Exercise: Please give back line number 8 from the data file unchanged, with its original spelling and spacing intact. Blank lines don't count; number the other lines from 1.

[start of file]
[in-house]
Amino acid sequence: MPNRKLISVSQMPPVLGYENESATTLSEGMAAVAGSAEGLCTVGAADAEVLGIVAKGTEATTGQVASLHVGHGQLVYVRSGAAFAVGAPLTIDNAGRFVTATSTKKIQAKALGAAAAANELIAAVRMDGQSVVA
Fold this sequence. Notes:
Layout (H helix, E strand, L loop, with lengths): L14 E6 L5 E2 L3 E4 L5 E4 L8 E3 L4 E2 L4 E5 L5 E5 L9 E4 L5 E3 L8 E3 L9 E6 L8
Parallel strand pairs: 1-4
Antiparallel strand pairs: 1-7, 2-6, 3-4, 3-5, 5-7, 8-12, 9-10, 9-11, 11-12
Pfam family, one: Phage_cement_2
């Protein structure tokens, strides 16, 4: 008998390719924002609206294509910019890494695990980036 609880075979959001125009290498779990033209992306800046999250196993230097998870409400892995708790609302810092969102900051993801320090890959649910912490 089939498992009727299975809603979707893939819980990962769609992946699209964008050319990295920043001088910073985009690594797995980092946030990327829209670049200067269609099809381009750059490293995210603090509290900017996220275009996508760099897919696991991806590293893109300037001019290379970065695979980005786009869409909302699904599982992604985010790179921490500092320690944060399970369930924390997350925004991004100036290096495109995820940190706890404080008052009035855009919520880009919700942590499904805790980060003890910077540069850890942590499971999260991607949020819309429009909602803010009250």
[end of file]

């Protein structure tokens, strides 16, 4: 008998390719924002609206294509910019890494695990980036 609880075979959001125009290498779990033209992306800046999250196993230097998870409400892995708790609302810092969102900051993801320090890959649910912490 089939498992009727299975809603979707893939819980990962769609992946699209964008050319990295920043001088910073985009690594797995980092946030990327829209670049200067269609099809381009750059490293995210603090509290900017996220275009996508760099897919696991991806590293893109300037001019290379970065695979980005786009869409909302699904599982992604985010790179921490500092320690944060399970369930924390997350925004991004100036290096495109995820940190706890404080008052009035855009919520880009919700942590499904805790980060003890910077540069850890942590499971999260991607949020819309429009909602803010009250």